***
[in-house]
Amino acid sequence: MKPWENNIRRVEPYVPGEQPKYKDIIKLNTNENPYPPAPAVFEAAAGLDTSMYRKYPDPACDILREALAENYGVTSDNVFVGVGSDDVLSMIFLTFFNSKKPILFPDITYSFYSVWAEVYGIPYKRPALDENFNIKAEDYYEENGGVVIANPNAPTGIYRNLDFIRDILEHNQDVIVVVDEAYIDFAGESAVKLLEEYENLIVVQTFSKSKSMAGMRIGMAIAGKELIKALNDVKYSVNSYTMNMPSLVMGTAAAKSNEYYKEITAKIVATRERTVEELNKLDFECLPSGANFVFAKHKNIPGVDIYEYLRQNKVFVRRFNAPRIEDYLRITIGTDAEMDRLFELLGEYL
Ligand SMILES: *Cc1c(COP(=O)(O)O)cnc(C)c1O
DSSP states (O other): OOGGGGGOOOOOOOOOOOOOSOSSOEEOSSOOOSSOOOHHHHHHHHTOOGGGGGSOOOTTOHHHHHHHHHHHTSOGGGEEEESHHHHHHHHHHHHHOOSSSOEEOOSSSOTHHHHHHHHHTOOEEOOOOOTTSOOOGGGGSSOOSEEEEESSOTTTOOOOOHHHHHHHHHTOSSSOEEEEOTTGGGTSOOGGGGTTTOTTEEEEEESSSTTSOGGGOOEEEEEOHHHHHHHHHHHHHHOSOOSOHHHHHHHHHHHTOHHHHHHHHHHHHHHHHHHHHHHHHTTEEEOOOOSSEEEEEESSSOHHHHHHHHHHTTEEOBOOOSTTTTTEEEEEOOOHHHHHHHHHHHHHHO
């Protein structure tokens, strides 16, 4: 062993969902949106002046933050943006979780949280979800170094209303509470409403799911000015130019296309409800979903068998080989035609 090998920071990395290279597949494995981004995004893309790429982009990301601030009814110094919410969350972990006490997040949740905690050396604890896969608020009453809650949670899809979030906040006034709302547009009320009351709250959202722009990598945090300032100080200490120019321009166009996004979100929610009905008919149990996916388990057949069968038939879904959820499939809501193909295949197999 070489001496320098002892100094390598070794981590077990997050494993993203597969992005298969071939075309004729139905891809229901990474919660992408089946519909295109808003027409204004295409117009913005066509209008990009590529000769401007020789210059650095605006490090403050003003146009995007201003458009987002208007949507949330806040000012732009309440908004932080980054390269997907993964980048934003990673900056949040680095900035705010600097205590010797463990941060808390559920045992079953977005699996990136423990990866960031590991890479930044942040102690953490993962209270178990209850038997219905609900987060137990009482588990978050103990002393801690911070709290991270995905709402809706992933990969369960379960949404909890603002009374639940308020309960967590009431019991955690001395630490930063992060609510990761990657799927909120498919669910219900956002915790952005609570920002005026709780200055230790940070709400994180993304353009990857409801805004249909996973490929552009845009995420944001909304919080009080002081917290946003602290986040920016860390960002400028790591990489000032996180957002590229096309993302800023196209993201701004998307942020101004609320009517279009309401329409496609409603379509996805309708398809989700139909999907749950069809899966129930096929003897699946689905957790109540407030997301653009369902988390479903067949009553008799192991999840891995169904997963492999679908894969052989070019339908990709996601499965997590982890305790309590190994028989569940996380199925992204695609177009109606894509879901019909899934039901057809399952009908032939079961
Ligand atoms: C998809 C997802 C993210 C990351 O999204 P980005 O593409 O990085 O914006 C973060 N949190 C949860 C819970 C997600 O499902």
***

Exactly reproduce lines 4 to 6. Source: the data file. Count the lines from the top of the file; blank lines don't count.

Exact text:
DSSP states (O other): OOGGGGGOOOOOOOOOOOOOSOSSOEEOSSOOOSSOOOHHHHHHHHTOOGGGGGSOOOTTOHHHHHHHHHHHTSOGGGEEEESHHHHHHHHHHHHHOOSSSOEEOOSSSOTHHHHHHHHHTOOEEOOOOOTTSOOOGGGGSSOOSEEEEESSOTTTOOOOOHHHHHHHHHTOSSSOEEEEOTTGGGTSOOGGGGTTTOTTEEEEEESSSTTSOGGGOOEEEEEOHHHHHHHHHHHHHHOSOOSOHHHHHHHHHHHTOHHHHHHHHHHHHHHHHHHHHHHHHTTEEEOOOOSSEEEEEESSSOHHHHHHHHHHTTEEOBOOOSTTTTTEEEEEOOOHHHHHHHHHHHHHHO
């Protein structure tokens, strides 16, 4: 062993969902949106002046933050943006979780949280979800170094209303509470409403799911000015130019296309409800979903068998080989035609 090998920071990395290279597949494995981004995004893309790429982009990301601030009814110094919410969350972990006490997040949740905690050396604890896969608020009453809650949670899809979030906040006034709302547009009320009351709250959202722009990598945090300032100080200490120019321009166009996004979100929610009905008919149990996916388990057949069968038939879904959820499939809501193909295949197999 070489001496320098002892100094390598070794981590077990997050494993993203597969992005298969071939075309004729139905891809229901990474919660992408089946519909295109808003027409204004295409117009913005066509209008990009590529000769401007020789210059650095605006490090403050003003146009995007201003458009987002208007949507949330806040000012732009309440908004932080980054390269997907993964980048934003990673900056949040680095900035705010600097205590010797463990941060808390559920045992079953977005699996990136423990990866960031590991890479930044942040102690953490993962209270178990209850038997219905609900987060137990009482588990978050103990002393801690911070709290991270995905709402809706992933990969369960379960949404909890603002009374639940308020309960967590009431019991955690001395630490930063992060609510990761990657799927909120498919669910219900956002915790952005609570920002005026709780200055230790940070709400994180993304353009990857409801805004249909996973490929552009845009995420944001909304919080009080002081917290946003602290986040920016860390960002400028790591990489000032996180957002590229096309993302800023196209993201701004998307942020101004609320009517279009309401329409496609409603379509996805309708398809989700139909999907749950069809899966129930096929003897699946689905957790109540407030997301653009369902988390479903067949009553008799192991999840891995169904997963492999679908894969052989070019339908990709996601499965997590982890305790309590190994028989569940996380199925992204695609177009109606894509879901019909899934039901057809399952009908032939079961
Ligand atoms: C998809 C997802 C993210 C990351 O999204 P980005 O593409 O990085 O914006 C973060 N949190 C949860 C819970 C997600 O499902």